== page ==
So, I was trying to decide what I wanted to write about for my next blog post and I was having a hard time determining my topic. As I sat there, I realized that as owner, CEO, CFO, and janitor of my own company, I could write whatever I want. That in mind, this blog post will just be a few of my favorite shots from recently.....because.
The shot above was taken at a place located just outside of a dilapidated building downtown. It was shot using available light and a small flashlight to cast some shadows from a nearby cobweb. It's absolutely amazing how a room that you try to avoid when you don't need it, but desperately try to find when you do, can turn into a form of art after about 20 years of neglect, lol. I shot this wide open @1.8 on my 50mm. I think my ISO was somewhere in the 3000-4000 range, but since it was a relatively flat image (as far as light goes), I didn't have to worry about any highlights or shadows clipping. I bumped my clarity slider to help show some of the texture and raised my darker spectrum on the tone curve, to give it more of a muted look. It makes for a great background on my phone! haha.
Rule of thirds is great, but sometimes a direct, dead center photo composition can fit the bill. This was a table decoration at a local coffee shop here in town. I had a large window light coming in from the right side of the image. I tried my best to frame it in such a way that I didn't have to do any post production cropping, but I'm not always the best at that ;) I had to do a little bit of cropping, so that it would fit the vision for what I wanted the final product to be.
The bright white portion of the image on the right hand side of the bowl is actually slightly blown out: I had attempted to prevent my highlights from blowing out by simply decreasing my exposure by a stop or two and chimping at my camera's histogram. I apparently didn't do it quite enough, but it certainly helped prevent other areas from overexposure (as a side note, you can change your camera's metering options to meter off of a single spot, as opposed to an average of the entire framed image). However, take note that if you do decrease your exposure in camera, it will look pretty dark on the back of the camera's LCD. Don't worry about it too much, though, because with cameras these days, you can recover a lot of data from technically "underexposed" images: you can also use the "highlight" and "shadows" slider in Lightroom (LR) to recover some areas from either end of the spectrum. HOWEVER, if you do this, make sure you are shooting in the RAW file format, so as to keep as much information as possible. Okay, enough about this one. Let's move on to the last one......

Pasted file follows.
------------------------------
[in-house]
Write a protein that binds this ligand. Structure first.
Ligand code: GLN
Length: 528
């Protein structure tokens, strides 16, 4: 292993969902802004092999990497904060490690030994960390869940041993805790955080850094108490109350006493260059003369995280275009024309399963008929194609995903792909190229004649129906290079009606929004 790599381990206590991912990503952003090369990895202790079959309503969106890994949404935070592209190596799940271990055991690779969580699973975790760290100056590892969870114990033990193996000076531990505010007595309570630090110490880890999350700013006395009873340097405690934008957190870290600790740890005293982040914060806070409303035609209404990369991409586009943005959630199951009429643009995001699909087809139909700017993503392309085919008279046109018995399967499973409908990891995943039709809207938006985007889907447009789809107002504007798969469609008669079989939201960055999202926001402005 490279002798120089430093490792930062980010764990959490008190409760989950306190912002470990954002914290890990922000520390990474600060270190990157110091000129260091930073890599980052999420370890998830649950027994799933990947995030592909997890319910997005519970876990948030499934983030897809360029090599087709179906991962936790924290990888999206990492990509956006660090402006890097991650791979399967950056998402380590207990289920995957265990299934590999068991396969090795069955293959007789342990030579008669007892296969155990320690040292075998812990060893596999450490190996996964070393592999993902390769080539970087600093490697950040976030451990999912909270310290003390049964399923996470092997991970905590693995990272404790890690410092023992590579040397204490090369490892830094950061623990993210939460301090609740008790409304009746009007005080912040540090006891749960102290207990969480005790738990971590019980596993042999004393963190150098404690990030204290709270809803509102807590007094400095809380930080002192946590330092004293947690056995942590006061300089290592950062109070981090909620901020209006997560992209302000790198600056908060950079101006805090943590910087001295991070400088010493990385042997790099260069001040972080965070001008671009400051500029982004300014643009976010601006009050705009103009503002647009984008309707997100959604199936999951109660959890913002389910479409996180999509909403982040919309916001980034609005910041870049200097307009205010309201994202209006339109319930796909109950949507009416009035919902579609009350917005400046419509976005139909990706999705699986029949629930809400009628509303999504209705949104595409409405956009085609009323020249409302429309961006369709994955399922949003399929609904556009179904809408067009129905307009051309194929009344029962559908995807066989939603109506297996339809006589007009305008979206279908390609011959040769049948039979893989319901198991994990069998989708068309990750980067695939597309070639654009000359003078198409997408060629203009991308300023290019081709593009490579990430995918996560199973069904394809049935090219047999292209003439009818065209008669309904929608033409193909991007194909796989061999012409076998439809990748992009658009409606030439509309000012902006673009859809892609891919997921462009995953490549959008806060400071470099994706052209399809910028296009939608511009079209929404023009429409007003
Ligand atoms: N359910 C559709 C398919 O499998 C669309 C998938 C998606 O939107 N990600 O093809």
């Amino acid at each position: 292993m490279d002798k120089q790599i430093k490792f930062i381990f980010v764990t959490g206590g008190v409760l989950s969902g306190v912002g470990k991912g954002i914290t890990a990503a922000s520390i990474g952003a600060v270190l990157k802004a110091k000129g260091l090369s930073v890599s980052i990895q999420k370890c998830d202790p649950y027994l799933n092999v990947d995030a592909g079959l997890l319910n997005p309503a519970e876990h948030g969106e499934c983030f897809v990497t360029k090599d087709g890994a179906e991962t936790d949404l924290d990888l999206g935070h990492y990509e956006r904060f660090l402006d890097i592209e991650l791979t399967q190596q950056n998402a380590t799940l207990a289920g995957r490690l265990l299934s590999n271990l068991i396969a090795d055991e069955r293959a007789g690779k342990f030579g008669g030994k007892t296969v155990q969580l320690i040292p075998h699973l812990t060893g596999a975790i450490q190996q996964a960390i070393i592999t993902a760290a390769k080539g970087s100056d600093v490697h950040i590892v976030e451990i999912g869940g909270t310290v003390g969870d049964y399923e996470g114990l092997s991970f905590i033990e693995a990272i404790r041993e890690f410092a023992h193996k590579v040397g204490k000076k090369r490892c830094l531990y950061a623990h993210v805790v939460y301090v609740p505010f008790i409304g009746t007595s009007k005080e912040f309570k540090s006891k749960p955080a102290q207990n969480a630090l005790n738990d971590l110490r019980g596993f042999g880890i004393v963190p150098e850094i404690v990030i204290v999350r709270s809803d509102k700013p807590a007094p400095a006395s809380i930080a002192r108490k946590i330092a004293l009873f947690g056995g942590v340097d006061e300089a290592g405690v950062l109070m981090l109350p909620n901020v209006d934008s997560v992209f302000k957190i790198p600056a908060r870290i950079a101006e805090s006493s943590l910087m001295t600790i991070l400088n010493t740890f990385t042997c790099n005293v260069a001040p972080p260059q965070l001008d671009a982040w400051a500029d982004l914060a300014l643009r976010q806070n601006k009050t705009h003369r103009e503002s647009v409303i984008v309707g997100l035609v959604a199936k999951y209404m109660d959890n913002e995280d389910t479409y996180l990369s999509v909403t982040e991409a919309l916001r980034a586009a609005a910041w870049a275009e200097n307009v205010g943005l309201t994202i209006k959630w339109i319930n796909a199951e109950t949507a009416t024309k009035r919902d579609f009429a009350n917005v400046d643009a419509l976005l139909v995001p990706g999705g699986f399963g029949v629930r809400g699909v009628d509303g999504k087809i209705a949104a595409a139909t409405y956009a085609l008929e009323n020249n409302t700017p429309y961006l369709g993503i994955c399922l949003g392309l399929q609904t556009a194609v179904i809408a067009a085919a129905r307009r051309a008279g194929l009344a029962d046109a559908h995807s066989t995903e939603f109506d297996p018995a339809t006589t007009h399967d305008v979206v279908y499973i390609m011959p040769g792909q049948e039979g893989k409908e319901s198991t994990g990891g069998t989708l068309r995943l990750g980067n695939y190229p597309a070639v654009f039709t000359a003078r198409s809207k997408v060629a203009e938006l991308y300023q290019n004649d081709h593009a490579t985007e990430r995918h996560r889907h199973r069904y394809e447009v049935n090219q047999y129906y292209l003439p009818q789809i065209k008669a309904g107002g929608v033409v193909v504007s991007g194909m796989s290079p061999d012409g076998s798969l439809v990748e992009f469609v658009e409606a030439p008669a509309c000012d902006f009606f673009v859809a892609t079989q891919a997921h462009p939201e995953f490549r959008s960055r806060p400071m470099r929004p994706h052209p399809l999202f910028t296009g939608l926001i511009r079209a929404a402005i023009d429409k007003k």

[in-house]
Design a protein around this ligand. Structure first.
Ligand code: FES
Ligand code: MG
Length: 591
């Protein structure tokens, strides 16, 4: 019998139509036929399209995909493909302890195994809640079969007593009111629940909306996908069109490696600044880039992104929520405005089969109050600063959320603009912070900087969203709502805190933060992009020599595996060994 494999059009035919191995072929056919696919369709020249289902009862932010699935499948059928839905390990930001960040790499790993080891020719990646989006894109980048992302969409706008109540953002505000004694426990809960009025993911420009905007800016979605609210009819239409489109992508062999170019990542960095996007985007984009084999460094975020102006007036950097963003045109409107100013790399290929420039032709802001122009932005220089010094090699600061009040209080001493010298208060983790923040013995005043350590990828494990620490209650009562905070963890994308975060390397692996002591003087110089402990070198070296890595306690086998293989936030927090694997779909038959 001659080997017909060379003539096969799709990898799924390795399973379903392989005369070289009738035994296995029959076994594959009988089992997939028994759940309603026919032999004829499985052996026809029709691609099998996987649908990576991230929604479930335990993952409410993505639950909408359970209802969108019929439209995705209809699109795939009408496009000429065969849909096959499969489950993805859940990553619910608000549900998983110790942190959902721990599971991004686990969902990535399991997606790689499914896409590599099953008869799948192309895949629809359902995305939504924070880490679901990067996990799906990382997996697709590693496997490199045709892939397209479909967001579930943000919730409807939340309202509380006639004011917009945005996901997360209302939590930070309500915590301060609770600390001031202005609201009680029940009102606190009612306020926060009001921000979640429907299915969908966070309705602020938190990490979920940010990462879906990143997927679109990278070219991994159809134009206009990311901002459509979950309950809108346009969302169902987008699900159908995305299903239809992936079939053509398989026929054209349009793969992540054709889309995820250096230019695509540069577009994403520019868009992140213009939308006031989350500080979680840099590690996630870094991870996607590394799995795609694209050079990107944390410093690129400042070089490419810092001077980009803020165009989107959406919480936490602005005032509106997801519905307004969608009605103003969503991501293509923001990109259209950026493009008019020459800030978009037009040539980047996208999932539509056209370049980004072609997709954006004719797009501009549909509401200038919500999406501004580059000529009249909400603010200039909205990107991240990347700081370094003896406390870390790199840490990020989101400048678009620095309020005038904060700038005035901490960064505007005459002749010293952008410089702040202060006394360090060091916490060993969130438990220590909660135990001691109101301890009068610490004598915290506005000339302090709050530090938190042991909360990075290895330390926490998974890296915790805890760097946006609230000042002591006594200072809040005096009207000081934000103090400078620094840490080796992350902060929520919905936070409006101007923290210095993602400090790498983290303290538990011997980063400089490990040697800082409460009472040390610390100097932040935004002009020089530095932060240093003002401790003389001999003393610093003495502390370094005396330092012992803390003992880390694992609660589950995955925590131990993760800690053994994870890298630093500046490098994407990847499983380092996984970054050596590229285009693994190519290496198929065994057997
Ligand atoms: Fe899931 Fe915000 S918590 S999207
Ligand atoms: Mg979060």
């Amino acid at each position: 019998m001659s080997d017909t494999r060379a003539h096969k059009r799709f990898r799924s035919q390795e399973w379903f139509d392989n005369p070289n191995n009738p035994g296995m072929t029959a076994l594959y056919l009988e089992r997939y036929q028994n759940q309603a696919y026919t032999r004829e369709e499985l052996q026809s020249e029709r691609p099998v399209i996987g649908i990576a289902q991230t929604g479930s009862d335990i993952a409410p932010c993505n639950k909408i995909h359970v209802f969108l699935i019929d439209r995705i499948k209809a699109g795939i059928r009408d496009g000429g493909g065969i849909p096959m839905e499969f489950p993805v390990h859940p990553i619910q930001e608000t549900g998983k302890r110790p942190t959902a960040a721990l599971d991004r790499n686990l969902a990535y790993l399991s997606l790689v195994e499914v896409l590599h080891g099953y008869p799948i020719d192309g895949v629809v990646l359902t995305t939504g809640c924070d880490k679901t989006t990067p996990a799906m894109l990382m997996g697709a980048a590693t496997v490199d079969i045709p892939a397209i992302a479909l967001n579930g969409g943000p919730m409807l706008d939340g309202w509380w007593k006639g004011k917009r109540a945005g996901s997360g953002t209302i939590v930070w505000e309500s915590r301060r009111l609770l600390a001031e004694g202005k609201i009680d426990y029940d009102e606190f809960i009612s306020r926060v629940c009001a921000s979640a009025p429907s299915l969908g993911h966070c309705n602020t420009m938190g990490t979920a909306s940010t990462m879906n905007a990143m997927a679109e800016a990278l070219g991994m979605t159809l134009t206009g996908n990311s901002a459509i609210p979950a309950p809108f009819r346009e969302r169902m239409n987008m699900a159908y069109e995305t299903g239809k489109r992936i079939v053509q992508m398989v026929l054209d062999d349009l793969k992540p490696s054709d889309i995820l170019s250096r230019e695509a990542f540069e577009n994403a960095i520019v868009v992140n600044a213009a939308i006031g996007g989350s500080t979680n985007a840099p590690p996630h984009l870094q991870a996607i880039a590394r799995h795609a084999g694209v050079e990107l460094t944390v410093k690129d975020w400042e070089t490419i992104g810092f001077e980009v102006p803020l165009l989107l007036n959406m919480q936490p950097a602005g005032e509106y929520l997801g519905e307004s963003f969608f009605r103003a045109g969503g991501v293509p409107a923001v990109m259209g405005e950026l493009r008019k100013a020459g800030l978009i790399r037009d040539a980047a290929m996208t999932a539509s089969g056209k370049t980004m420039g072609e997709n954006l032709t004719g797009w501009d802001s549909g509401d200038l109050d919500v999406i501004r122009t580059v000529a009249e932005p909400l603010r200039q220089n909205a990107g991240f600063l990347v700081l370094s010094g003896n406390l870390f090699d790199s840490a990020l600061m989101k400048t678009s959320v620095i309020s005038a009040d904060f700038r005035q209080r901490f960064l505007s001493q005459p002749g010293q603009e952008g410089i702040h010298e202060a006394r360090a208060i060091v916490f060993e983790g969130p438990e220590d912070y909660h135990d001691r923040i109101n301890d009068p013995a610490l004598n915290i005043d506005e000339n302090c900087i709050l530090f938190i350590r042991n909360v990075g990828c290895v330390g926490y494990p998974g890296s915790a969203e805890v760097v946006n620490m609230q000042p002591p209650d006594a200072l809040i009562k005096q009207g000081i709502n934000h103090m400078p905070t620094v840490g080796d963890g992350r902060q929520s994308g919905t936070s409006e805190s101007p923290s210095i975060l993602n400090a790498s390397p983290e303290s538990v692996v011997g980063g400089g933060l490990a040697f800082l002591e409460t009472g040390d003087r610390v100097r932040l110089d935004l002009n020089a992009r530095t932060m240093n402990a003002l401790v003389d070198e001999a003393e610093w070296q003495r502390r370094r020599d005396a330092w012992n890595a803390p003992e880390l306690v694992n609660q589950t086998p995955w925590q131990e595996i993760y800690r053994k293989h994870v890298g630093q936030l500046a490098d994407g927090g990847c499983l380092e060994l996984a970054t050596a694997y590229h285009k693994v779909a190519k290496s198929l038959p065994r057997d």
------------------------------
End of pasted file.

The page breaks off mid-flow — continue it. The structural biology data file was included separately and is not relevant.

This is a photo of a good friend of mine. I included it, because I wanted to show how you can take a pretty bad snap shot and convert it into something that actually looks halfway decent (the things post processing can do these days, am I right?). Obviously, the top photo is the "after" and the bottom photo is the RAW "before" example.
So, one day your walking around with your camera and you take a snap shot of one of your friends. You wanted it to come out really well, but you were too far away and the lighting wasn't optimal. What do you do? Well, the same thing happened to me (as I'm hoping it does to you too?...yes.....please?).
To start off, I had too much distraction in the image via half of a woman to stage right....see, I can be funny. I decided that a portrait oriented would be the best choice. I did the appropriate cropping and added some localized contrast to his clothing and face. The backlight on the sides of his face and clothing was too blue for my tastes, so a black and white (B&W) conversion was my preference: I'm pretty sure I've said this at some point already, but I love B&Ws! I also added a slight vignette to allow the viewer to connect more with the subject. To recap, crop, contrast for punch, vignette.
Yes, I should have gotten the basics of the composition correctly, but that's what technology is for. I would like to add that when I have cropped a substantial amount, I will upscale my images to a preferred resolution, and add a bit more sharpening, to reduce the risk of pixelation and add a tad more....well....sharpness. There's obviously more to the creative process than these things, but it gives you the pith of my process.
Each person would shoot and edit each one of these differently, so get out there a start developing your style!
Here are a few others.....just tap to view them individually.
If you're reading this, thanks for the added traffic to my website! These blogs help with search engine optimization (SEO) and you get to be a part of it, awwwww. Seriously though, thanks for letting my share a little bit of my love for photography with you. If any of the millions of people that read this like what they see, like, share, and comment.
P.S. I would absolutely love to take photos of you and your family, graduating seniors, or any couples you know! For quotes and availability, send me an email at email@example.com, or fill out the form on my Contact Me page.